If I run the Service Plan from within the Datastores tab, it will run it only for the subscribed Datastore. If instead, I have multiple Datastores subscribed to the same Service Plan, and I want to run the Service Plan across all these assigned Datastores, I can go to the Service Plans Tab, and select the Service Plan I want to run, while seeing all the Datastores it is assigned to, and select Run to run it across all.

  • Restore: Now that I have protected a Datastore, in the case of a failure, I now have the ability to select a PIT copy and restore the entire Datastore, or just the individual VM within a Datastore.
    • If restoring an entire Datastore, I must select the PIT to restore from, along with some options.

  • I also have the ability to restore an individual VM, without restoring the entire Datastore. Within the Virtual Machines tab, select a Virtual Machine and click Restore. Next, select a PIT copy to Restore from, along with whether you want to restore the VM to the original location, or to a different vCenter, ESX Host, or even Datastore (You actually have the ability to Restore the VM to a non XtremIO datastore as part of this flow.)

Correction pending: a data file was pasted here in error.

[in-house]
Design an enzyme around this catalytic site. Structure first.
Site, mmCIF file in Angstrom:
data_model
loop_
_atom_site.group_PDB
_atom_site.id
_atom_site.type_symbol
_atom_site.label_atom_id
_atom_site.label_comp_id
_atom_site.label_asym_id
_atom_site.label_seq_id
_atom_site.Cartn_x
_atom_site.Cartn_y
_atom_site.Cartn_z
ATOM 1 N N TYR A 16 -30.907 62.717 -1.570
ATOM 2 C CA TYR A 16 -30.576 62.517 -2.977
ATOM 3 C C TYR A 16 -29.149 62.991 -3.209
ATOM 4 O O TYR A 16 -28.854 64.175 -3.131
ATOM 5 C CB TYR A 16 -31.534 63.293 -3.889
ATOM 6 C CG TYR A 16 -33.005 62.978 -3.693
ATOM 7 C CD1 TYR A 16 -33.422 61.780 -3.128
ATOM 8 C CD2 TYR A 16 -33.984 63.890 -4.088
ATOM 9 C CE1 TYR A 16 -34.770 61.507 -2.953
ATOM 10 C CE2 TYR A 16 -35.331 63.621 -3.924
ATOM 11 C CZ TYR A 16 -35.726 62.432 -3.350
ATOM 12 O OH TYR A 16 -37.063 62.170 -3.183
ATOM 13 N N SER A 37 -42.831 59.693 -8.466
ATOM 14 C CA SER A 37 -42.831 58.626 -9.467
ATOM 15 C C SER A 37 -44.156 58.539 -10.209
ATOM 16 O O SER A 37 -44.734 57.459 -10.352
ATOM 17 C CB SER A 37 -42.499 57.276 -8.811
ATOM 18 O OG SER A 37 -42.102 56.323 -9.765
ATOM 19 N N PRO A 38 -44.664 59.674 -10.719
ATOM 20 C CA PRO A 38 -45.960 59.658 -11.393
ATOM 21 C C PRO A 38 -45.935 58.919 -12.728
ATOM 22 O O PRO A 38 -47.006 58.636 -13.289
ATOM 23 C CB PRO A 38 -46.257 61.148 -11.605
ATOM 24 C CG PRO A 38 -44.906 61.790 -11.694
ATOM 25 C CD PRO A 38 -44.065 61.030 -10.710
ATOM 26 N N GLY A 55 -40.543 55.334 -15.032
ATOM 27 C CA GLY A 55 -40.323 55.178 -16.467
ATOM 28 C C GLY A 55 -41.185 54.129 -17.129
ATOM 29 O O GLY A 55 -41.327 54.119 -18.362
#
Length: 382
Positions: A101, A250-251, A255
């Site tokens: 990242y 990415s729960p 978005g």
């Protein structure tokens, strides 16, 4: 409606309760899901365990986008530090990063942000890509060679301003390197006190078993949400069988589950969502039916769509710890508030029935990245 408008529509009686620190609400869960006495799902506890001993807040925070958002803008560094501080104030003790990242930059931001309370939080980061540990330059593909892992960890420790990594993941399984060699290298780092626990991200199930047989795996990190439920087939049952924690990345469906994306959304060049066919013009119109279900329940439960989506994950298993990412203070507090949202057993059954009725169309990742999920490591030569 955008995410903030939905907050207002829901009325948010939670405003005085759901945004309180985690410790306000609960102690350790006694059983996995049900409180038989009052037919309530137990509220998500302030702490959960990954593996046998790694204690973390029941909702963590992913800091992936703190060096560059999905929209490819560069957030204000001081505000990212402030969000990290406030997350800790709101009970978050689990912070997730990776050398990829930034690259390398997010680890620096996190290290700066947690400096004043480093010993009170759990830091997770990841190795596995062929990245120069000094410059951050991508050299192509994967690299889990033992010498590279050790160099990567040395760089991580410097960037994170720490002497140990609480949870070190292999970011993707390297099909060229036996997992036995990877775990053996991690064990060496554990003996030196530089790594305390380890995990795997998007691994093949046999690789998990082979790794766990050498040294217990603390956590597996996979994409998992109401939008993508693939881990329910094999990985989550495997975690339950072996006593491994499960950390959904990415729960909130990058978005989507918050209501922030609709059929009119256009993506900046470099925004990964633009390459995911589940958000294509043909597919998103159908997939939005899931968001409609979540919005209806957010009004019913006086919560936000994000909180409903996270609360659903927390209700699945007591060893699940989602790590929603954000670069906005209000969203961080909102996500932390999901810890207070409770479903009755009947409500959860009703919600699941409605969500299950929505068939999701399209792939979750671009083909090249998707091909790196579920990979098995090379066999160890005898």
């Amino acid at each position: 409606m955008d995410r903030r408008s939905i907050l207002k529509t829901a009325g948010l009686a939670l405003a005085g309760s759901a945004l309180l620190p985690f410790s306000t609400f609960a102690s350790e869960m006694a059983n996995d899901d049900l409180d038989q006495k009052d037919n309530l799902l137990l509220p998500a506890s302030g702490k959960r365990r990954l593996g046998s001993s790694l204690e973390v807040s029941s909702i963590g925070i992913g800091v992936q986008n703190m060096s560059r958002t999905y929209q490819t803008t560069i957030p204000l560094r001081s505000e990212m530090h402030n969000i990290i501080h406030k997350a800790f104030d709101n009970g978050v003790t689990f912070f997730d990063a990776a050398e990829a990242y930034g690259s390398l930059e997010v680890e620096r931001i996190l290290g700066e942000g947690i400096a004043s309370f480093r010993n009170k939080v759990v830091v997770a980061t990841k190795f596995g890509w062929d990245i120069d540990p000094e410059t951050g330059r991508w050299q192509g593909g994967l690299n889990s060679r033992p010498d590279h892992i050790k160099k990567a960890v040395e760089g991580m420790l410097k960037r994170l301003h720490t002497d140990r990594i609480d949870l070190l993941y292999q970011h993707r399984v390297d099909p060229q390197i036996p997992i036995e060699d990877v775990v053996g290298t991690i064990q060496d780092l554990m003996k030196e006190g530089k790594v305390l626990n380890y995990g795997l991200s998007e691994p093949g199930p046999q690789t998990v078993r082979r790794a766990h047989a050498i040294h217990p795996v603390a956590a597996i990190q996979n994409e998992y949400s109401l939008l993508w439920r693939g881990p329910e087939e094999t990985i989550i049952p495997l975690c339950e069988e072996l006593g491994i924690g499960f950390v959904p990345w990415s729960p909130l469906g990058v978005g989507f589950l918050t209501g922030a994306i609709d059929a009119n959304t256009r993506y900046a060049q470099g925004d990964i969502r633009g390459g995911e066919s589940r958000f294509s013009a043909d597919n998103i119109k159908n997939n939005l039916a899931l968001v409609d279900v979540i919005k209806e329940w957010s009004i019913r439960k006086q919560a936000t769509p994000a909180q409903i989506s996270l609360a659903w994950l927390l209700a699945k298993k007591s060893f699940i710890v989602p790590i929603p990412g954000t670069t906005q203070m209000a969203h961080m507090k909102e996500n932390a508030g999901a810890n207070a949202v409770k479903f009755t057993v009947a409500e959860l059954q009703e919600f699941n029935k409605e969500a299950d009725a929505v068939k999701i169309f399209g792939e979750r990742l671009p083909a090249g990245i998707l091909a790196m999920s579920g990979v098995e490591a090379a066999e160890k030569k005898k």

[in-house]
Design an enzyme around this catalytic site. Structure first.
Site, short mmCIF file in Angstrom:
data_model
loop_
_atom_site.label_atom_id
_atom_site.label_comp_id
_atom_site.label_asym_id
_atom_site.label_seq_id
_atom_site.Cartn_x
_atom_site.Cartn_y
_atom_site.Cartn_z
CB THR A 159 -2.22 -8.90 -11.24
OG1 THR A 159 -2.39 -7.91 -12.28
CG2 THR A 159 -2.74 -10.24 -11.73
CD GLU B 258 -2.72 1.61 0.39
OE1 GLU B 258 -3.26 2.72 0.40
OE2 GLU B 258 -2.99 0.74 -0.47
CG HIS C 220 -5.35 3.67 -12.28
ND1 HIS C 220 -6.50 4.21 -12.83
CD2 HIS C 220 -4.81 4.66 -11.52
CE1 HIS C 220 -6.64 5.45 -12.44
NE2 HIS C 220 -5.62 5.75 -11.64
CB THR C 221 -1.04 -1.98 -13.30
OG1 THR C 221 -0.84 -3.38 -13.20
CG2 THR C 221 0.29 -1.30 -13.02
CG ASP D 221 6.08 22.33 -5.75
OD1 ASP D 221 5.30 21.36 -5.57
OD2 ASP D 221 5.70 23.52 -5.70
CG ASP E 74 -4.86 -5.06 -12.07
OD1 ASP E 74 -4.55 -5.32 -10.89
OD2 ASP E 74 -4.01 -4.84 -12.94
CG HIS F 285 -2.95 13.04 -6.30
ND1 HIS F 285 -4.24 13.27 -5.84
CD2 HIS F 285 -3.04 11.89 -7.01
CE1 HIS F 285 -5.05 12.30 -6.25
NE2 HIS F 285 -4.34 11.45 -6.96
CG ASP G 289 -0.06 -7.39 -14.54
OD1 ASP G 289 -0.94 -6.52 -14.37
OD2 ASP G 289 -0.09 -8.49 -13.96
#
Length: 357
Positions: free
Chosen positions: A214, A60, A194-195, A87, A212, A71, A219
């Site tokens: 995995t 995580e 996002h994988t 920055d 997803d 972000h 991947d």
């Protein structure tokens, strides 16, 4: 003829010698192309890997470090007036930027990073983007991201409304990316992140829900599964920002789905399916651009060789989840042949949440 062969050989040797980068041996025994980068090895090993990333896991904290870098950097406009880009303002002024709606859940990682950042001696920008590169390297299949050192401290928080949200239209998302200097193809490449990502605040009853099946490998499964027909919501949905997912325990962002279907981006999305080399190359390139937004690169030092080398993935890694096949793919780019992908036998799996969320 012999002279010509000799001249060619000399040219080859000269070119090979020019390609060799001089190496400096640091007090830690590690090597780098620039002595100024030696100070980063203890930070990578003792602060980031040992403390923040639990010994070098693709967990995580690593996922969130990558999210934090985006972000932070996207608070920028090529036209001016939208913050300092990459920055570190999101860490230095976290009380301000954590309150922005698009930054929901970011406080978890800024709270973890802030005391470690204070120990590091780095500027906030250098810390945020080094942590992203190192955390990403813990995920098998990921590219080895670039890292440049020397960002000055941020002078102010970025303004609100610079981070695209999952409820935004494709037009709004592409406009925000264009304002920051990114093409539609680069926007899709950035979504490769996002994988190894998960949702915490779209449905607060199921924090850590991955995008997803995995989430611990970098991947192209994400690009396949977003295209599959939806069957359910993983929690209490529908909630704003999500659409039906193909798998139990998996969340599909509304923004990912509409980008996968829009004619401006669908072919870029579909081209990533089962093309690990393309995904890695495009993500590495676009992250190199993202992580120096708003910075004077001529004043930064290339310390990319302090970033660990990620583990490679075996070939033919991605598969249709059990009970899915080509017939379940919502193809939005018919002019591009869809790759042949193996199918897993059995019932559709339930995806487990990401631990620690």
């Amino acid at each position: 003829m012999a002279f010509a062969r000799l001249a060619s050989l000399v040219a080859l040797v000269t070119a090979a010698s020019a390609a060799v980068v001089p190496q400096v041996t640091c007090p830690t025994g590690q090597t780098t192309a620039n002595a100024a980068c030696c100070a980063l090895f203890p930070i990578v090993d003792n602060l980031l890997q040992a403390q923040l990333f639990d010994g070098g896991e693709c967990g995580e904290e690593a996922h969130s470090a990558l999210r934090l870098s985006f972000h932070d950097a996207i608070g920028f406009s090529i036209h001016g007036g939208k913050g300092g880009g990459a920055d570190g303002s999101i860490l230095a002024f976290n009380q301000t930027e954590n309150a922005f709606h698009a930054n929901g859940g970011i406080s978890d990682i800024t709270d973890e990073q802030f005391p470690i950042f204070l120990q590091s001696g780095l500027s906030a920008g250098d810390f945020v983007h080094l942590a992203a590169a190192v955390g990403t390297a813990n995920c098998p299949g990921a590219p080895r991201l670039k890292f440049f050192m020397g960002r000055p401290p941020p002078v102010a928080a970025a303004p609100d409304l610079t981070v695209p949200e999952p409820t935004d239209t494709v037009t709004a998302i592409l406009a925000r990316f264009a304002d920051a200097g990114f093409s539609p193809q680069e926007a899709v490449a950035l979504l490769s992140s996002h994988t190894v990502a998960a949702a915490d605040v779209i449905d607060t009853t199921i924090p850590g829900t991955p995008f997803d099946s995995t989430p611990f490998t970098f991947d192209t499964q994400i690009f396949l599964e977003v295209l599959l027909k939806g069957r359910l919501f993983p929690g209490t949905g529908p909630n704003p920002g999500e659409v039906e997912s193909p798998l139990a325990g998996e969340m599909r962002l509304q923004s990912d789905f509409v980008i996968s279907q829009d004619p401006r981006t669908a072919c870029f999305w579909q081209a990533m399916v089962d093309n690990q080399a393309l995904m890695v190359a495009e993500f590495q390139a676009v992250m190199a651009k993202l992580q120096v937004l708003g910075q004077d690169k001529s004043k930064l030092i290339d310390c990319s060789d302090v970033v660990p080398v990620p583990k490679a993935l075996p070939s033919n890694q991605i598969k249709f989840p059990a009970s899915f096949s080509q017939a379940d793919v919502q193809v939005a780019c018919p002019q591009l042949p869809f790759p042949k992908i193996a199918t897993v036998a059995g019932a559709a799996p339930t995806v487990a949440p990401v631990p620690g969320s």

In summary, we are making XtremIO smarter by providing storage LUN to VMware level object relationship visible within the XMS, with the ability to protect or create test/dev copies of these objects in a VMware application consistent manner. Doing so from the XMS empowers the storage admins to have visibility as to what resides on their LUNs, and enables them to perform storage protection and copy functions in an application consistent manner, all from one UI. Try it today, and remember, AppSync is free!

You can see a demo on how it all works below!